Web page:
The strategic educator seeks to assist the student in his ability to think strategically. He has to help hone performance of the strategic function which obligates a coherent meshing of ends, ways, and means. All too often it is popular to teach strategy only with empirical reference to our contemporary and anticipated near-future challenges. This is understandable but nonetheless is an error. Strategic studies worthy of the name can degenerate into a professionally narrowly competent variant of current affairs. The students initially value what they see as high personal relevance in the strategic problems of today, but that very relevance is likely to shape and bias their analysis. Because strategy and its function is eternal and universal, there is much to be said for taking students out of their contemporary comfort zone of familiar detail and instead obliging them to reason strategically for different times and places. The basic problems will be discovered to be startlingly similar. The strategic educator does not seek to develop experts on the strategic issues of the early 21st century. Rather he strives to educate aspiring strategists in the ability to think strategically and exercise strategic judgment.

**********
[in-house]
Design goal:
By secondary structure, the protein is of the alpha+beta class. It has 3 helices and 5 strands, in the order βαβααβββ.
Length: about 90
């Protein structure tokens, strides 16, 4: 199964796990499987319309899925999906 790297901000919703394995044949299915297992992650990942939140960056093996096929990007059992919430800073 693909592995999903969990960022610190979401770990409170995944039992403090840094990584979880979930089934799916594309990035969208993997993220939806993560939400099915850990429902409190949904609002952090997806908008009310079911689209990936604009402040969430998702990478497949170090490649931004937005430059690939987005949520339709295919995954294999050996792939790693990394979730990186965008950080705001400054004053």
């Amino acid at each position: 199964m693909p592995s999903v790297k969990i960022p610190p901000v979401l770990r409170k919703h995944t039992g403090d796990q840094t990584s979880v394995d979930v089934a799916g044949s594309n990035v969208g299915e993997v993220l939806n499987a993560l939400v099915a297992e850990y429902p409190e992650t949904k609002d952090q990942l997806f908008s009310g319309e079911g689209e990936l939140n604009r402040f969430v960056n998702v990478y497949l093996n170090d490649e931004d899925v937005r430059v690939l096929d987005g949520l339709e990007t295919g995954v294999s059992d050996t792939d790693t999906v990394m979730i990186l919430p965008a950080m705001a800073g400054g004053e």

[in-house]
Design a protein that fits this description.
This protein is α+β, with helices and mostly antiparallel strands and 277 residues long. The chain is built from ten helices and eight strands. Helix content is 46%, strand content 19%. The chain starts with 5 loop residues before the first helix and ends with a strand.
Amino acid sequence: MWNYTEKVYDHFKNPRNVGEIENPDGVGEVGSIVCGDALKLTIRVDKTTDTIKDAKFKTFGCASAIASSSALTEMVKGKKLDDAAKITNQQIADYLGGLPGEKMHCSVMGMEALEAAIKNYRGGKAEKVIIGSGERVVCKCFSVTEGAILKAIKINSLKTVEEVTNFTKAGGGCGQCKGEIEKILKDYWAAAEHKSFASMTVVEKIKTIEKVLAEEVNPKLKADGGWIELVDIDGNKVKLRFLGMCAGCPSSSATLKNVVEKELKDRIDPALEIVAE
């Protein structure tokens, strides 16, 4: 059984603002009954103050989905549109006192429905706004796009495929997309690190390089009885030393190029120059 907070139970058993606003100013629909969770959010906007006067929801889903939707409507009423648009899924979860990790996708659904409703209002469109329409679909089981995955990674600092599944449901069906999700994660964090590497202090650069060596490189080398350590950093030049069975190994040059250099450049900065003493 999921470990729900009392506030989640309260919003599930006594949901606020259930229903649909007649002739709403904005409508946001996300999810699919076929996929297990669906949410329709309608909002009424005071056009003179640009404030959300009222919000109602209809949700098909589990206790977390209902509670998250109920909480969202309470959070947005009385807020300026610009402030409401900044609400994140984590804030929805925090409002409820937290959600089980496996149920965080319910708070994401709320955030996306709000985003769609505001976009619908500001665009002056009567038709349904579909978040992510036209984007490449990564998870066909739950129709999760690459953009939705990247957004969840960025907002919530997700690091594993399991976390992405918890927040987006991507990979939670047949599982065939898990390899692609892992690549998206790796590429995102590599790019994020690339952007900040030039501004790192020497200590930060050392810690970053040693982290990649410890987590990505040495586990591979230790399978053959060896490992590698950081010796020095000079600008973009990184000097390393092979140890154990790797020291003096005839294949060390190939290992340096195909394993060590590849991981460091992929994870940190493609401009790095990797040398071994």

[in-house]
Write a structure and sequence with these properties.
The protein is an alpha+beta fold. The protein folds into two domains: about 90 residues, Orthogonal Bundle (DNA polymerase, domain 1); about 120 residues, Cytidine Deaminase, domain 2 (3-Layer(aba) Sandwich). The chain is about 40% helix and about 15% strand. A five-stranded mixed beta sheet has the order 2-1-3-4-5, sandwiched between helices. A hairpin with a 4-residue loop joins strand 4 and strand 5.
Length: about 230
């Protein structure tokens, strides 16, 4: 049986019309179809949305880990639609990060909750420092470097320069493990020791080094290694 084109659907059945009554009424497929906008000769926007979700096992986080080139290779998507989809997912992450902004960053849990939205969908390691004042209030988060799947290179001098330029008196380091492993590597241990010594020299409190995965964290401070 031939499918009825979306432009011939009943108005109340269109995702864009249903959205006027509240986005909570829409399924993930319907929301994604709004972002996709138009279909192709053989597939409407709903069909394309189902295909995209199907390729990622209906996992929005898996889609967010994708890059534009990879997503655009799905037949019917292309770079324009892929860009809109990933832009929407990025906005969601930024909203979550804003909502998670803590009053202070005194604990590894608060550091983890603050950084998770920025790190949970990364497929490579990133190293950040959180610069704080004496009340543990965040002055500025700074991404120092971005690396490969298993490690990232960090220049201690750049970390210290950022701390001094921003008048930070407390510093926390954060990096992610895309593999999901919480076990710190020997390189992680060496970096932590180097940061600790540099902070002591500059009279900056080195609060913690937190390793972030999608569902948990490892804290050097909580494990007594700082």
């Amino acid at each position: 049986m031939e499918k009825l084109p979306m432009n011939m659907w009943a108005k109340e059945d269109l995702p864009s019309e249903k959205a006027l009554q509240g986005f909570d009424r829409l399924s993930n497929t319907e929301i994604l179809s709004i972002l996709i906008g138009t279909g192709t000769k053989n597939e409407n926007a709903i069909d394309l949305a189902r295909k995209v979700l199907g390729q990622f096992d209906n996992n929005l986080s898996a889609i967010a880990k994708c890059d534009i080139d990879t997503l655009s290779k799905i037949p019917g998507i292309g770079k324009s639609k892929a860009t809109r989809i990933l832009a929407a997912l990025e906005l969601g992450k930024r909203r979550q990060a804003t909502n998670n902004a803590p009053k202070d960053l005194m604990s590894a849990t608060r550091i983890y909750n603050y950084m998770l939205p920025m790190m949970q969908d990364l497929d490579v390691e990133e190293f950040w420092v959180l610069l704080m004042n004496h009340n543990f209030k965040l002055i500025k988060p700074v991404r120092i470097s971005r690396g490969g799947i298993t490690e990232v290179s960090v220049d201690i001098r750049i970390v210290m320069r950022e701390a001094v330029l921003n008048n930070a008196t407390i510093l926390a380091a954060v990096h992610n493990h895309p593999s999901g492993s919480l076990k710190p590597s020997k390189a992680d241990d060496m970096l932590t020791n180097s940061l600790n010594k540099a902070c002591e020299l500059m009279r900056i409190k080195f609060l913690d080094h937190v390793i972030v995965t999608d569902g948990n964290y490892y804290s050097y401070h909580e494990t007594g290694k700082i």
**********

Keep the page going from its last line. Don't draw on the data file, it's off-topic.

Indispensable to an education in strategy is recognition of strategy’s limits. Strategic performance requires a tactical competence by its sword arm that it cannot always assume. Similarly, and as much to the point, the prospects for a superior strategic performance must be impacted massively by the wisdom or otherwise in the politics-as-policy that turns the official key for action and propels it. The strategist has to devise and execute plans (theories) for military behavior that should advance and perhaps secure the goals specified by policy. But those goals can be ill chosen, and they vary with political mood and circumstance. It is the duty of the strategist to try to match purposeful military effort and its consequences with the country’s political interests expressed as policy. This can be a mission of heroic difficulty, even to the point of impossibility.
One reason why strategic performance can be poor is because senior military strategists may prove unable to communicate effectively on military realities to professional politicians who do not want to be told what most probably cannot be done, and therefore should not be attempted. While it is the duty of policy to listen to, and conduct genuine dialog with military expertise, it is the duty of the military profession so to educate its senior strategists that such a dialog worthy of the name is possible. A well-educated strategist is a person who is educated in more than strategy. A liberal education in the classical sense must be helpful to the human performance that is a key enabler of high quality in national strategic performance.